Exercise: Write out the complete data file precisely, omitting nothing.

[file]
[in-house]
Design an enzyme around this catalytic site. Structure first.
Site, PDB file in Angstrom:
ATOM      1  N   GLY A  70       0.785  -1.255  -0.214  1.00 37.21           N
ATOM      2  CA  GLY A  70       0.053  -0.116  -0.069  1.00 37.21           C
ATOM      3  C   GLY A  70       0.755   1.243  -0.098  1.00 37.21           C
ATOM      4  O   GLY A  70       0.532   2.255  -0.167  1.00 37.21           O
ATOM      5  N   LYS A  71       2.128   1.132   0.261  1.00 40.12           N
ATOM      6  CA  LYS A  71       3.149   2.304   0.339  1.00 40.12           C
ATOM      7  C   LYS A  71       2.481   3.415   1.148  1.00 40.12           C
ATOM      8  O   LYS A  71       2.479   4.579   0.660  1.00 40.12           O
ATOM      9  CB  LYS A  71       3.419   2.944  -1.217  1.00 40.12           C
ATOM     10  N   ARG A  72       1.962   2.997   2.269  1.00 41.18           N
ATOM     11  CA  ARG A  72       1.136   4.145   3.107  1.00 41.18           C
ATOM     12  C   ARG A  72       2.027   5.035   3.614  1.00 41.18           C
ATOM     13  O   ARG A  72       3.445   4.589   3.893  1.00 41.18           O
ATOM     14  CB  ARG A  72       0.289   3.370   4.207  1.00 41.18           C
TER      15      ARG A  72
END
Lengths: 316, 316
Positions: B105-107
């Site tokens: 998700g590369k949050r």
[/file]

[in-house]
Design an enzyme around this catalytic site. Structure first.
Site, PDB file in Angstrom:
ATOM      1  N   GLY A  70       0.785  -1.255  -0.214  1.00 37.21           N
ATOM      2  CA  GLY A  70       0.053  -0.116  -0.069  1.00 37.21           C
ATOM      3  C   GLY A  70       0.755   1.243  -0.098  1.00 37.21           C
ATOM      4  O   GLY A  70       0.532   2.255  -0.167  1.00 37.21           O
ATOM      5  N   LYS A  71       2.128   1.132   0.261  1.00 40.12           N
ATOM      6  CA  LYS A  71       3.149   2.304   0.339  1.00 40.12           C
ATOM      7  C   LYS A  71       2.481   3.415   1.148  1.00 40.12           C
ATOM      8  O   LYS A  71       2.479   4.579   0.660  1.00 40.12           O
ATOM      9  CB  LYS A  71       3.419   2.944  -1.217  1.00 40.12           C
ATOM     10  N   ARG A  72       1.962   2.997   2.269  1.00 41.18           N
ATOM     11  CA  ARG A  72       1.136   4.145   3.107  1.00 41.18           C
ATOM     12  C   ARG A  72       2.027   5.035   3.614  1.00 41.18           C
ATOM     13  O   ARG A  72       3.445   4.589   3.893  1.00 41.18           O
ATOM     14  CB  ARG A  72       0.289   3.370   4.207  1.00 41.18           C
TER      15      ARG A  72
END
Lengths: 316, 316
Positions: B105-107
């Site tokens: 998700g590369k949050r």